also used routinely. Blade systems with IBM’s Cell processors have been also used to accelerate several
very compute intensive processes. In addition, Blue Gene access is through the joint (IBM, RPI, and New
York State) research endeavor – the Center for Computational Nanotechnology Initiative (CCNI). Early
results on the Blue Gene are very encouraging. A virtual patterning flow problem3 that takes about eight
months on a serial commercial simulator runs in under 12 hours on the Blue Gene using the advanced
parallel algorithms developed by the IBM Computational Lithography group.
3
 D. Chidambarrao, “Computational Materials Engineering in the Semiconductor Industry”, Presented at CICME, NMAB, NRC,
May, 2007.
                                                                                                                                        3
The smart and growing use of HPC for nanoscale chip design and manufacturing: With HPC, the
ultimate goal is to virtualize the full semiconductor development process. Doing so will reduce cost by
requiring fewer silicon experiments and improving time to market for next generation semiconductor
technologies. This will need near first principle predictive models for circuit design and process modeling
building upon the current work in timing analysis and computational lithography. IBM’s HPC solutions
portfolio is the backbone required to support such growing numerically intensive computing tasks.

Innovative HPC Solutions to Differentiate Energy Efficient IBM Petascale Systems
In recent years, IBM has made significant innovations in "green" and next generation data centers4 to reduce
the Total Cost of Ownership (TCO), reflecting not just capital costs but operational and maintenance costs
as well. Advanced Computational Fluid Dynamics (CFD), Thermal, and Electromagnetic HPC modeling
help IBM package systems with increasing computing density to deliver energy-efficient petascale
enterprise systems for the data center.

Challenges in the design and development of energy-efficient computationally dense systems: With the
increasing need for improving computing density for System x, the problem of energy efficiency becomes
very critical for IBM to differentiate its offerings in the marketplace. Since all IBM competitors use the
same basic industry standard building blocks for these x86 systems, the optimal placement of these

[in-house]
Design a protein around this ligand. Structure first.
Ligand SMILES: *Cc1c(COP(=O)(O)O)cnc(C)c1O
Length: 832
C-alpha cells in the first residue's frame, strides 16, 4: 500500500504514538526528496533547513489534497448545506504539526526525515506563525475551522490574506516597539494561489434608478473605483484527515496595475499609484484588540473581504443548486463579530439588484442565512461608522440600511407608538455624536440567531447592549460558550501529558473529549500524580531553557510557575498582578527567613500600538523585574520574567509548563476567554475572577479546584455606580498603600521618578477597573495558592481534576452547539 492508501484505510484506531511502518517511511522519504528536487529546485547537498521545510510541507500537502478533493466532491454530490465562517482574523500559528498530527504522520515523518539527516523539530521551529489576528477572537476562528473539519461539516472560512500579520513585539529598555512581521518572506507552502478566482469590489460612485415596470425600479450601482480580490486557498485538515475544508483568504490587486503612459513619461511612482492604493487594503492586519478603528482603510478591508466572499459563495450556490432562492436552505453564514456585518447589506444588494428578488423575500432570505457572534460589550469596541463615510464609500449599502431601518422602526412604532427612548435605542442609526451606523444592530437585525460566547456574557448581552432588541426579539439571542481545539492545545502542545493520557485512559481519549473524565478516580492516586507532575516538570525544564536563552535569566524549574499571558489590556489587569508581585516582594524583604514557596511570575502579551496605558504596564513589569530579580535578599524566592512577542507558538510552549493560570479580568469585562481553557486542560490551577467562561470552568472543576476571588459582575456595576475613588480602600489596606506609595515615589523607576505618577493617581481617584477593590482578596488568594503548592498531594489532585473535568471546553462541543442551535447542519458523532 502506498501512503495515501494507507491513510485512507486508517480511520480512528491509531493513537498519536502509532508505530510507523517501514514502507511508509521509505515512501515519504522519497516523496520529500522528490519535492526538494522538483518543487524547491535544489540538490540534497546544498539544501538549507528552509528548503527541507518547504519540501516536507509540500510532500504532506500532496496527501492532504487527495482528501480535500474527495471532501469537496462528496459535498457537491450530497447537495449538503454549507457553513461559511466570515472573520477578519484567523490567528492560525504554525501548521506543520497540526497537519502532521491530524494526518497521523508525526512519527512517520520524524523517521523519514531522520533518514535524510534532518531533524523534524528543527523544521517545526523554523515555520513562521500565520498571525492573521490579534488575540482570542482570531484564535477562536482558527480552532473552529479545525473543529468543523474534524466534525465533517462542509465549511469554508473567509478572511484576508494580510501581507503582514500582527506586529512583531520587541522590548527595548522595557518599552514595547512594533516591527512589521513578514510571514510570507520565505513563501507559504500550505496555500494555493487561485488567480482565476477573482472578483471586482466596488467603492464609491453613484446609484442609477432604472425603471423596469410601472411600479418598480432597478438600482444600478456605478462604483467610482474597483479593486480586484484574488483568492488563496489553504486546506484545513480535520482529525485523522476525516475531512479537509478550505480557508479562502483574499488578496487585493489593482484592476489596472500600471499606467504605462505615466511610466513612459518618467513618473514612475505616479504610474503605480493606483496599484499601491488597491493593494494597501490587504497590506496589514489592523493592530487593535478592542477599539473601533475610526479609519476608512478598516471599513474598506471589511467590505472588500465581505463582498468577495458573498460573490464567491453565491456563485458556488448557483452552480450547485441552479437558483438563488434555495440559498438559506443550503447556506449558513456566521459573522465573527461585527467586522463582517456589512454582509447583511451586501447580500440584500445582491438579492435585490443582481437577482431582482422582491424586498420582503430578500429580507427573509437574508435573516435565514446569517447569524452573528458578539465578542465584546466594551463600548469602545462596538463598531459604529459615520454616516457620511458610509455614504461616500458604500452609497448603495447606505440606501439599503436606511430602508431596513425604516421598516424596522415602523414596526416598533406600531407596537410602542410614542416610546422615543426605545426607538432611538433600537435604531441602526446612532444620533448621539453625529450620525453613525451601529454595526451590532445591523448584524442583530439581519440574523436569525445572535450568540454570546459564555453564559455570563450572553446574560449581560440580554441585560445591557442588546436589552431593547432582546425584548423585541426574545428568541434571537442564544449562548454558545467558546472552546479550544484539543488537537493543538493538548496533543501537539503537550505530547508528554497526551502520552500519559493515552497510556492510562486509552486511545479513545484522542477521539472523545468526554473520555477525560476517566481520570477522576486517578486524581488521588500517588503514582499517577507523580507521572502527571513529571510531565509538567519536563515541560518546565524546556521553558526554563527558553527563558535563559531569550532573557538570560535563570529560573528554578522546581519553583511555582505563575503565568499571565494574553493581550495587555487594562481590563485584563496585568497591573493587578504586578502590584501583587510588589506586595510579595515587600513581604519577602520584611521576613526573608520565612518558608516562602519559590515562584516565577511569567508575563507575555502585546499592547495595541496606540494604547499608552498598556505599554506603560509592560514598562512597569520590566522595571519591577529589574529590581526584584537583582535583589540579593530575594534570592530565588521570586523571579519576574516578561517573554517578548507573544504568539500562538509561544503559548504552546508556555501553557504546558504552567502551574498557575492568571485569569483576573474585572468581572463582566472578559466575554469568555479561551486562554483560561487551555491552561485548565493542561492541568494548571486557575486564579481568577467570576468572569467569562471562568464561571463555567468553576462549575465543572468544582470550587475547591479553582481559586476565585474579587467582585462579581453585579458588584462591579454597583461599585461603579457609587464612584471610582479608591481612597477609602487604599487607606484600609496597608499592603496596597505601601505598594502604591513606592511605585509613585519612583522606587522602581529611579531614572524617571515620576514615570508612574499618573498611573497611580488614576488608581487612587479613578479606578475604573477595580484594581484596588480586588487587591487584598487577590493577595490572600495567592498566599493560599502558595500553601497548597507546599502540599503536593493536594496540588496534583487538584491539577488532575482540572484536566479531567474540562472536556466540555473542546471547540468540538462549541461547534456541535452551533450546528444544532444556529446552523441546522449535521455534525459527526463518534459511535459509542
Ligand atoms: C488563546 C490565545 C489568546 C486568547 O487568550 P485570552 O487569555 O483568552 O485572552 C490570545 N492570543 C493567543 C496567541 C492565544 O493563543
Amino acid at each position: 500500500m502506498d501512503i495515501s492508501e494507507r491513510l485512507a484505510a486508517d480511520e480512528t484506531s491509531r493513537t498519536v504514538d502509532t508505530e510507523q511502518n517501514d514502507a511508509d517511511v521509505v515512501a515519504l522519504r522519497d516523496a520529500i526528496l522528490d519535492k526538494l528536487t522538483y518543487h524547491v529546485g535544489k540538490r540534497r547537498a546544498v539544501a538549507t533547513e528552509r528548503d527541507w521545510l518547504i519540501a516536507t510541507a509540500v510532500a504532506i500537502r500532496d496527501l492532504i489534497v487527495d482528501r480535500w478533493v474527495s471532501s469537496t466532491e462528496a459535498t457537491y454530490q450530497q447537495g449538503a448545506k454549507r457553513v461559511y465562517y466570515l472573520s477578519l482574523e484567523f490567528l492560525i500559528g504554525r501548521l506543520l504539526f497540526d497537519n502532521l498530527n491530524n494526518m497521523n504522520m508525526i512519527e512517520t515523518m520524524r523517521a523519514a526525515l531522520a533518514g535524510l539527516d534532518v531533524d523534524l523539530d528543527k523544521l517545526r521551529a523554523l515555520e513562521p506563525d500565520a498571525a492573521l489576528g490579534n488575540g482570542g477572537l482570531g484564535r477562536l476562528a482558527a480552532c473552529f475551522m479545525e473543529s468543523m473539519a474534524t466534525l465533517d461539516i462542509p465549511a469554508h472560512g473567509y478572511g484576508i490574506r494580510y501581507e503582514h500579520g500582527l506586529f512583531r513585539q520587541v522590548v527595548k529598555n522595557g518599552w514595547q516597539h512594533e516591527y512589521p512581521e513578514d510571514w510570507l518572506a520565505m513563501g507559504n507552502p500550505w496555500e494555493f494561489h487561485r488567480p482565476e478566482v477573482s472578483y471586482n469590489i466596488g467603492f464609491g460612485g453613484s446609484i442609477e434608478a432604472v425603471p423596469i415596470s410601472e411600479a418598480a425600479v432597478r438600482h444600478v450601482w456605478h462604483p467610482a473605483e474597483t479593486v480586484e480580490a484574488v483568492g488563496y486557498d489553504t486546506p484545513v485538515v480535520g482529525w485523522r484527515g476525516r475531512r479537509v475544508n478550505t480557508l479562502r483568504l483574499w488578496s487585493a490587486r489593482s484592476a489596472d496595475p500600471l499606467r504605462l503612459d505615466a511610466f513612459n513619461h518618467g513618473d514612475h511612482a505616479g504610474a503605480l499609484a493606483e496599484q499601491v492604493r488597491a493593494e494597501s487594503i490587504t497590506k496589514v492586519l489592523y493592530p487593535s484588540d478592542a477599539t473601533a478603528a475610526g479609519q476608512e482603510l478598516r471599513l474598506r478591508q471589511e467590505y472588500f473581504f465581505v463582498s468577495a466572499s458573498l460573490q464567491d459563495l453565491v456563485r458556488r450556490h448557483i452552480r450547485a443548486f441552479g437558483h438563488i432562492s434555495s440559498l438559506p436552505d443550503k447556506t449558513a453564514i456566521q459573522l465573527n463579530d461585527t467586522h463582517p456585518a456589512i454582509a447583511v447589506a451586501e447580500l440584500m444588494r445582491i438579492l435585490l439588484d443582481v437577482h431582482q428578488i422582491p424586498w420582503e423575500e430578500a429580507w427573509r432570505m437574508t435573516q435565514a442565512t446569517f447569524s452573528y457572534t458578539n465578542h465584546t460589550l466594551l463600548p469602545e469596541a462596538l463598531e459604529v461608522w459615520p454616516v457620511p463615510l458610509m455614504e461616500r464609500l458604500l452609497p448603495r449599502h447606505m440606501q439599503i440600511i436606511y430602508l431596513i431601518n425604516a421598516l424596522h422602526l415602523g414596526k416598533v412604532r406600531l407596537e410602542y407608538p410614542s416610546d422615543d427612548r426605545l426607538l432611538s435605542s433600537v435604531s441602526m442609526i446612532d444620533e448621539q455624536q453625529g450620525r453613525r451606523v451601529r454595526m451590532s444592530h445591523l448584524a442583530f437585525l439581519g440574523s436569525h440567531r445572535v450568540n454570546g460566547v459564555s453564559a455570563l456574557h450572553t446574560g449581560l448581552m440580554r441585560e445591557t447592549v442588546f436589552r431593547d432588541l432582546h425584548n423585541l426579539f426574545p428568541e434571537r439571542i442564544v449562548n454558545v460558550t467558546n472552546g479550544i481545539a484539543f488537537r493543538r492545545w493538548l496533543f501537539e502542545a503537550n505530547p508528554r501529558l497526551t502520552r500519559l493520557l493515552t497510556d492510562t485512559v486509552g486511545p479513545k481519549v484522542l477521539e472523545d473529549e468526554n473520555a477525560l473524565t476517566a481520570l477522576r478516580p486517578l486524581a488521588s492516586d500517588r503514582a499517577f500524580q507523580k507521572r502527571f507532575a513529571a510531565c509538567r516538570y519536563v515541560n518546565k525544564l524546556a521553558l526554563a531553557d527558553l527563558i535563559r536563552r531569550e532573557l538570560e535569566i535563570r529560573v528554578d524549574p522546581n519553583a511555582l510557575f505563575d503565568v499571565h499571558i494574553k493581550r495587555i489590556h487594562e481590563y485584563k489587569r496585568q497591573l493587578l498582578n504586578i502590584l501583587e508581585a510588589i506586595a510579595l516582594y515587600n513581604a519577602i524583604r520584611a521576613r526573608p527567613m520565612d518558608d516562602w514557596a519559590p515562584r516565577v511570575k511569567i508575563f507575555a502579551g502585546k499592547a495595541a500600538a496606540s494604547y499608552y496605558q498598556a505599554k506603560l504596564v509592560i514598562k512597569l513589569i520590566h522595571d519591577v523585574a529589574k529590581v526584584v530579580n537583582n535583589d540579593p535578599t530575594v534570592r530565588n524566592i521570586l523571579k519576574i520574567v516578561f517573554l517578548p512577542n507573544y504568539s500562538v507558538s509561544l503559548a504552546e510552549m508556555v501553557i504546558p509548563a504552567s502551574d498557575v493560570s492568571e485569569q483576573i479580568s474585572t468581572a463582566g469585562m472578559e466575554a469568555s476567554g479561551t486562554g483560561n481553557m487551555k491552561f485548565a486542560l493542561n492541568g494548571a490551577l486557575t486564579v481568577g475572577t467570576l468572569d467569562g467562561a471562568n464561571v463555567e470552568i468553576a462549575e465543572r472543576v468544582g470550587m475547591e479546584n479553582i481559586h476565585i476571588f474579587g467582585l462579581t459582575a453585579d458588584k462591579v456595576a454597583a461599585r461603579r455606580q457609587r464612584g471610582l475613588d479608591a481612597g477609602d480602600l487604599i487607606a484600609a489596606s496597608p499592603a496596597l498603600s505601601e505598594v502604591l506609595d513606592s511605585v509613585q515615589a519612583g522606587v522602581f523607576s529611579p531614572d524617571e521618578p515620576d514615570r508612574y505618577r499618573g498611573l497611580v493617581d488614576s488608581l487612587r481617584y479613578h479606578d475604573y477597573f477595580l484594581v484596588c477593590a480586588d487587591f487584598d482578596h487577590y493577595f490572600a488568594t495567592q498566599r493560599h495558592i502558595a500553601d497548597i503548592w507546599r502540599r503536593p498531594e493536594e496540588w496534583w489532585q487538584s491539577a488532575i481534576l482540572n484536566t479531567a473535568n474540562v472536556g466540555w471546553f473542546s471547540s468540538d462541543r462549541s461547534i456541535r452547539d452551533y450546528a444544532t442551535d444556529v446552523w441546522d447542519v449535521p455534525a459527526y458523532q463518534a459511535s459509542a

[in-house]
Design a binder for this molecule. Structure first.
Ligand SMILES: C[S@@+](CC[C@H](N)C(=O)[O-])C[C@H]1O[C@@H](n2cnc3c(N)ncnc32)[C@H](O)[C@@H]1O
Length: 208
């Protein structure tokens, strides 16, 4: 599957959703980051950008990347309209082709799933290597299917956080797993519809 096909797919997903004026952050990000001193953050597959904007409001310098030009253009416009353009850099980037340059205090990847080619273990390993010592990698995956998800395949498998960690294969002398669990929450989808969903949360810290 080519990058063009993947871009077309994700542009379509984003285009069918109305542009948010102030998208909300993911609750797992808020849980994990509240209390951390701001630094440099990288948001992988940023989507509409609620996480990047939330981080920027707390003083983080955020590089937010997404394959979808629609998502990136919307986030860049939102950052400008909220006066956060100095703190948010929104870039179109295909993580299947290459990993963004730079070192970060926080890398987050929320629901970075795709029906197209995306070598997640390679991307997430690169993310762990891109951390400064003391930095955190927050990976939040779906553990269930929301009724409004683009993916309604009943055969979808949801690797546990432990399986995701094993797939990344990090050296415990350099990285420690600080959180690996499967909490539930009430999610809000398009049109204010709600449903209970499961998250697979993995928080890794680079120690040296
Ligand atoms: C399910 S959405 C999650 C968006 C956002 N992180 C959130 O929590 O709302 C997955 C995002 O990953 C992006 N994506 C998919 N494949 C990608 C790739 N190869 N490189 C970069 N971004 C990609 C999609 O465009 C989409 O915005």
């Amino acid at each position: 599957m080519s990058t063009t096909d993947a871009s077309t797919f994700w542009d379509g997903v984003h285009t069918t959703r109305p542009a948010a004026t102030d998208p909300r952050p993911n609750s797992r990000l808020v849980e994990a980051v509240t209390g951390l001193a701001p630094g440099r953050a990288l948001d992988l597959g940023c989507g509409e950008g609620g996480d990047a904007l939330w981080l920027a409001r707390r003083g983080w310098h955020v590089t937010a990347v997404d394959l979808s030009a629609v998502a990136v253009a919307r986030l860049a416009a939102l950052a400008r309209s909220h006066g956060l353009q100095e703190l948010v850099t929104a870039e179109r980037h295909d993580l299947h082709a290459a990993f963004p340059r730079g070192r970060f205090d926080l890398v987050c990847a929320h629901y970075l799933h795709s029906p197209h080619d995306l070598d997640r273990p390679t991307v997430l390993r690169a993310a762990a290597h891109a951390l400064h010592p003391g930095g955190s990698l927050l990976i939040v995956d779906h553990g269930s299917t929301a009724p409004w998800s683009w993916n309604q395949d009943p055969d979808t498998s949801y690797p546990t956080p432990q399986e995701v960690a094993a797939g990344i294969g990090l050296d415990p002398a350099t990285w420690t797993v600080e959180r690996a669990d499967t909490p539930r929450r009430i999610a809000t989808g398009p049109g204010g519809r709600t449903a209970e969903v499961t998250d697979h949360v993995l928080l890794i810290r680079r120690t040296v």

components (processors, memory systems, and interconnect hardware) to yield the best performing system
has become a more complex problem. Not only does the system have to perform to yield the maximum
performance but the electric power consumed should be maximized to be “useful” electric power for the
provisioning and operation of the entire data center. This implies that the power units and cooling systems
must operate at very high efficiencies and the power consuming components in the server (processors,
memory, disks, etc.) must be cooled effectively with energy efficient fans blowing forced air. Currently
forced air cooling through fans is the industry norm.

The smart use of HPC: The effectiveness of forced air is very sensitive to the packaging volumetric
geometry. Two simultaneous objectives must be carefully met. First, the pressure drop between the inlet and
exit must be minimized to operate the fan at the lowest possible RPM. Secondly, the airflow must be guided
so that the heat generating components are cooled effectively and any leakages minimized. This becomes a
three dimensional computational fluid dynamics (CFD) problem that must be modeled accurately. Lastly,
the component placement should be meet all the electrical needs of ensuring system
performance at various levels ranging from the processors, memory, server nodes, and the
entire data center. This requires the solution of a CFD problem at the board, enclosure,
and data center levels. This simulation has to be done for various configurations at all
levels to yield the best possible thermo-mechanical-electric design. This comprehensive
approach often yields configurations and placements that help IBM significantly
differentiate System x offerings compared to the competition. The adjoining figure depicts
the fluid speed and temperature profiles for a 1U configuration.
With the use of CFD for a 1U configuration, the energy consumption loss has been reduced from about 19W
to 6W for the iDataPlex. Each Watt of savings translates to about $7 of customer savings/server/year. Also
the airflow requirements have reduced from about 40cfm to about 32cfm. IBM customers can now increase
computing density/rack and floor space utilization in their data centers translating to millions of dollars of